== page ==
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From muddy spud to the perfect French fry: Information experts are optimizing potato production

28.03.2018

Farmers can optimize harvesting procedures and improve yields, food manufacturers can improve planning reliability. Information systems specialists at Saarland University are working to optimize the entire potato production chain, from field to fork. When it comes to the world’s most popular tuber, Professor Wolfgang Maaß and his team are aiming to make all of the processes totally transparent. Starting with the farmer out in the field, Professor Maaß’ team can offer forecasts that assist the decision-making processes.

To provide these services, the team has built networks filled with data and information on topics as diverse as agricultural machinery, price forecasting and how often and how hard potatoes get knocked on a conveyor belt – the latter data being collected by harvesting an impact-sensitive artificial potato.


By analysing potato production data, information systems specialist Prof. Wolfgang Maaß and his team want to help farmers and food companies identify potential benefits and optimize their processes.

Credit: Oliver Dietze


Hannah Stein und Mirco Pyrtek (l.), research assistants in Prof. Maaß’ group, are creating data networks filled with information on the potato production process.

Credit: Oliver Dietze

The research team will be exhibiting their information system at Hannover Messe from April 23rd to April 27th (Hall 2, Stand B46) and are looking for partners with whom they can develop practical applications.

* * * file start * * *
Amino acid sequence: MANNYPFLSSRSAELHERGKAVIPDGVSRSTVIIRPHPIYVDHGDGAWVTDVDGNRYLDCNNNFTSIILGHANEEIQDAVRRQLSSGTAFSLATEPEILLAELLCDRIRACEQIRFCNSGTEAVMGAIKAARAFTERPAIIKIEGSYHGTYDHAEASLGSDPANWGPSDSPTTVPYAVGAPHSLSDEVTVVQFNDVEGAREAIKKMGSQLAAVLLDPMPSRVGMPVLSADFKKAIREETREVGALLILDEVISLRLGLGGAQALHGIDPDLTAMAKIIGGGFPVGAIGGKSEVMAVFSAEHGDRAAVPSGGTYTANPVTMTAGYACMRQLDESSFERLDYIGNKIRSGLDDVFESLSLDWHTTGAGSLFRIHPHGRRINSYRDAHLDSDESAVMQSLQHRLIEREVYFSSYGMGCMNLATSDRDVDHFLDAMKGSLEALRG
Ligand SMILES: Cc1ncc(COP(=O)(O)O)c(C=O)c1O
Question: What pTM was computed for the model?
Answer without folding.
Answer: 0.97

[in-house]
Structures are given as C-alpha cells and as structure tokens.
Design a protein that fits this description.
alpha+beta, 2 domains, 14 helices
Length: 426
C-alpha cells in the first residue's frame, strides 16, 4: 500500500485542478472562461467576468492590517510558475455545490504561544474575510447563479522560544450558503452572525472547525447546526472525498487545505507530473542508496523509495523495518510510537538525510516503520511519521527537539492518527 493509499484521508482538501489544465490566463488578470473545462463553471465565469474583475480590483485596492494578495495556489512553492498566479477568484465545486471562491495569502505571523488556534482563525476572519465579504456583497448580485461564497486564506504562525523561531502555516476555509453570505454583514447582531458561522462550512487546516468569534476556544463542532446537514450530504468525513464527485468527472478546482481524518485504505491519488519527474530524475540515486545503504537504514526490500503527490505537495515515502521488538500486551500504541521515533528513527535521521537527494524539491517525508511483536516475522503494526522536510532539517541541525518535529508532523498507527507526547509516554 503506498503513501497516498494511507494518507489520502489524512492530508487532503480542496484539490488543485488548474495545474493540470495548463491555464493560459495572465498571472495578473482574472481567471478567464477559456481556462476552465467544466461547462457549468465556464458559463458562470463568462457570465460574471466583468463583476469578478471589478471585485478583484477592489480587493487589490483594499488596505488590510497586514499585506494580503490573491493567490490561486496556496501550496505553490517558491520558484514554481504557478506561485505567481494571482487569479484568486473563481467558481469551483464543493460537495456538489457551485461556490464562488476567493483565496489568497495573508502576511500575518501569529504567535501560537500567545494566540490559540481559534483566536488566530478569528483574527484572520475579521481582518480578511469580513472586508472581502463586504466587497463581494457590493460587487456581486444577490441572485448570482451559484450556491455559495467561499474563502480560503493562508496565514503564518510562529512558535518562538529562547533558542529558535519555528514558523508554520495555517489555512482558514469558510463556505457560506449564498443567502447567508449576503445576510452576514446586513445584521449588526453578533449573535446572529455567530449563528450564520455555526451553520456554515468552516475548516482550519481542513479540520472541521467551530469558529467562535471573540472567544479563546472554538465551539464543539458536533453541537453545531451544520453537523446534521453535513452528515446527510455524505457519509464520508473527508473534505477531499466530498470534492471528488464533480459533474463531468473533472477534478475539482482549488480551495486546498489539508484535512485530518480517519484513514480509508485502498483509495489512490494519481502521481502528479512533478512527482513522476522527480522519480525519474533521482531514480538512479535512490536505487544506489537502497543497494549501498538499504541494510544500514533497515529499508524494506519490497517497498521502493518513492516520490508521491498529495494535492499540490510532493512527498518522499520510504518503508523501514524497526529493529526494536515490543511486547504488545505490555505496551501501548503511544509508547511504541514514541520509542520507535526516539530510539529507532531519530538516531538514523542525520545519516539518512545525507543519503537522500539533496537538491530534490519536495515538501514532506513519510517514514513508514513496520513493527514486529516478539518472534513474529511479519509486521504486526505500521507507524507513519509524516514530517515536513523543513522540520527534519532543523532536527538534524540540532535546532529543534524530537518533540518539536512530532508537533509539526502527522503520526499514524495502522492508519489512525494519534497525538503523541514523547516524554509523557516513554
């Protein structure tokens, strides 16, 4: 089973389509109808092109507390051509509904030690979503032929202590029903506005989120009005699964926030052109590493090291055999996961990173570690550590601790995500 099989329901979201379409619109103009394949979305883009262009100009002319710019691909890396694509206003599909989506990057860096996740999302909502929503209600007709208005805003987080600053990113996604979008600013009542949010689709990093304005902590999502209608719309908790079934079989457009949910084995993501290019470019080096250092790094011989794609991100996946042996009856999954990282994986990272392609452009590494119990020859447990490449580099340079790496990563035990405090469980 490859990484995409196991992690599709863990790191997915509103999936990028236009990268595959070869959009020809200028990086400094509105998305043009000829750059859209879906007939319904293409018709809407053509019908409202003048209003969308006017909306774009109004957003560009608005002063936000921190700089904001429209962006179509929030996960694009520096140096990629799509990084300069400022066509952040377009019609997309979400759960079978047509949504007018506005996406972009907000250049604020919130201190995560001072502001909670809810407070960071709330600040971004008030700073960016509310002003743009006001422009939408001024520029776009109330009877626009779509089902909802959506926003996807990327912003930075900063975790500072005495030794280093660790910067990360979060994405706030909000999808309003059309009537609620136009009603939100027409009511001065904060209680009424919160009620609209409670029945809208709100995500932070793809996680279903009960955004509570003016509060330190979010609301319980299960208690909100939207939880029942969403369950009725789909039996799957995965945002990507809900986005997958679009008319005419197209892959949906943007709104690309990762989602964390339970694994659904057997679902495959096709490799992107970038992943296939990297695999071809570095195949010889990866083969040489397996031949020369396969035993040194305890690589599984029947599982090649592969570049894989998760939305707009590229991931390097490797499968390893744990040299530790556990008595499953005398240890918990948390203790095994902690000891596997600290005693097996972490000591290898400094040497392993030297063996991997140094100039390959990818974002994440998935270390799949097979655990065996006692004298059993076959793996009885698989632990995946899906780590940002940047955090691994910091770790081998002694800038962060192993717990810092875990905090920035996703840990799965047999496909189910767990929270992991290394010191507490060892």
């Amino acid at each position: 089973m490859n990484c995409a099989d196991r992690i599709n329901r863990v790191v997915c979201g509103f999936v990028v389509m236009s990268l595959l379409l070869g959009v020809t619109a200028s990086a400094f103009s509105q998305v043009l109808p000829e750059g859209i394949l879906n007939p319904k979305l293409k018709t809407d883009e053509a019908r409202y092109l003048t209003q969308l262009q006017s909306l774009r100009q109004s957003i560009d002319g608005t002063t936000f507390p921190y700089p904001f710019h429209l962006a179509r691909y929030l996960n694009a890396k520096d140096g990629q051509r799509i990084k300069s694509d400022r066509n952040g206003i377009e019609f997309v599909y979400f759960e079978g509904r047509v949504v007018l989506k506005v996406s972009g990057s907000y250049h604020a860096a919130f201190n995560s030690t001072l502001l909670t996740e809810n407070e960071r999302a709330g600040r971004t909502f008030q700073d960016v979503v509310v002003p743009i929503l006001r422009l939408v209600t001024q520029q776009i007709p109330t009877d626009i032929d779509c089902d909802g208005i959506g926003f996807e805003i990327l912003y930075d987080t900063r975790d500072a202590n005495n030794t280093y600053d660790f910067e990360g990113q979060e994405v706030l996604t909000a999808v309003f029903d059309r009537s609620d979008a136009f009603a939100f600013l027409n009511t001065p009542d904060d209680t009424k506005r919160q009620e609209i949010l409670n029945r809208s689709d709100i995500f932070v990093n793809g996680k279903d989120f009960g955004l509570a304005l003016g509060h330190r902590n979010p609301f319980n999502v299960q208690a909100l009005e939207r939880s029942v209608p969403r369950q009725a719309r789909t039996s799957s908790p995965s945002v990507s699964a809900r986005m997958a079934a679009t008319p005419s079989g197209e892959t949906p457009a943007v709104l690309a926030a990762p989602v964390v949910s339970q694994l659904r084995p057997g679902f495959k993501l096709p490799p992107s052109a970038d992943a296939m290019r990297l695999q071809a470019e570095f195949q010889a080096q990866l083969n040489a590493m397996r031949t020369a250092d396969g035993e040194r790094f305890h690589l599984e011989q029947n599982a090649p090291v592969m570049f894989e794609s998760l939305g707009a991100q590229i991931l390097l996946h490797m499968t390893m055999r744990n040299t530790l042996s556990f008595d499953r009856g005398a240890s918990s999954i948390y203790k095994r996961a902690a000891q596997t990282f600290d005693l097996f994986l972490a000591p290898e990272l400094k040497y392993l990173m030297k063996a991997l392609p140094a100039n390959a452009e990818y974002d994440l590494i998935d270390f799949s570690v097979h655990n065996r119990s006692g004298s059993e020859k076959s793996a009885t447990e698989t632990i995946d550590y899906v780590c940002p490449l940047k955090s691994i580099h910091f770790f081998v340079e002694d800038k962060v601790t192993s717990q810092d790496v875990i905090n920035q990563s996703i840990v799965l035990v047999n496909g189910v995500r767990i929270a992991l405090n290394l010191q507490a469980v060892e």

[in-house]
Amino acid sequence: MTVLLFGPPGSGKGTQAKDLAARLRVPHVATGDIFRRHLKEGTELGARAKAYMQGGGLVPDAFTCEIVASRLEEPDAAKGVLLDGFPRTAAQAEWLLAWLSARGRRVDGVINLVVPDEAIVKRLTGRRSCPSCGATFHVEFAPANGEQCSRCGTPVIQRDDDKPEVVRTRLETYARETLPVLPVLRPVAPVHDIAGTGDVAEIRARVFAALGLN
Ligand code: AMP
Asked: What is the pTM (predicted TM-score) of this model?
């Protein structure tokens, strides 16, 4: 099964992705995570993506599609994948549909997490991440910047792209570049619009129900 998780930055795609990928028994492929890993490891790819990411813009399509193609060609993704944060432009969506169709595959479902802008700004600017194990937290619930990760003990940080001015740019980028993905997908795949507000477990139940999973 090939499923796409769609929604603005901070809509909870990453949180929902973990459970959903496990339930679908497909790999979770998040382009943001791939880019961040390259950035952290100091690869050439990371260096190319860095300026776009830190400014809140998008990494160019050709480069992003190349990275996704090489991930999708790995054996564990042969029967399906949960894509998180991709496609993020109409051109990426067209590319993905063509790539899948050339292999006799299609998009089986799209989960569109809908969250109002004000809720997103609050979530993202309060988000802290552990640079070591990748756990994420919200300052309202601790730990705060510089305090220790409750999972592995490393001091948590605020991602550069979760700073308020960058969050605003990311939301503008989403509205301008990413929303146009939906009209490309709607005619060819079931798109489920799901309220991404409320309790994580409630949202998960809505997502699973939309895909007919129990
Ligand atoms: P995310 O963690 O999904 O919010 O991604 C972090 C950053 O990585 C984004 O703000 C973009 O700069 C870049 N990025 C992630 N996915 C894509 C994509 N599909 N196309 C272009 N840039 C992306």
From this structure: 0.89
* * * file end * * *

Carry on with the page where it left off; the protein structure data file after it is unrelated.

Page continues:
Modern potato harvesting can be a pretty rough business. In years gone by, the farmers would be out in the fields assisted by friends and family carefully digging up the potato crop by hand. Today, mechanical harvesters are in use. But if the machinery is not adjusted correctly, the potatoes can get badly bumped and knocked as they move along the agitator belts, hitting stones and each other on their way.

This can cause bruising of the delicate potato tubers, which in the worst cases can lead to significantly reduced yields. ‘If the farmer knows early on that the potatoes are suffering too many mechanical knocks, he or she can respond in time, by adjusting the speed of the harvester or by increasing the amount of soil on the belt,’ explains Dr. Sabine Janzen, a research assistant in Prof. Maaß’ group. But this all relies on the farmer getting the information when it is needed, i.e. during the harvesting process out in the field.

This is where the information technologists at Saarland University and at the German Center for Artificial Intelligence (DFKI) play a role. Their research focuses on delivering ‘smart services’ to different business sectors, and the potato project is part of the ‘smart farming’ initiative for the agricultural sector.

‘Our research involves analysing data within the Industry 4.0 framework with the aim of drawing economically relevant conclusions for sector stakeholders. The agricultural sector still works in a very traditional manner. Despite widespread use of modern technology and digitalization, the data is not being analysed to identify potential benefits or to optimize the processes involved,’ explains Wolfgang Maaß.

His research team is now helping to make the potato and its journey from field to factory completely transparent for all stakeholders – from potato farmers and suppliers to food manufacturing companies and commodity traders. ‘We examine what data is being generated and whether and how we can analyse it to draw meaningful conclusions and make useful predictions.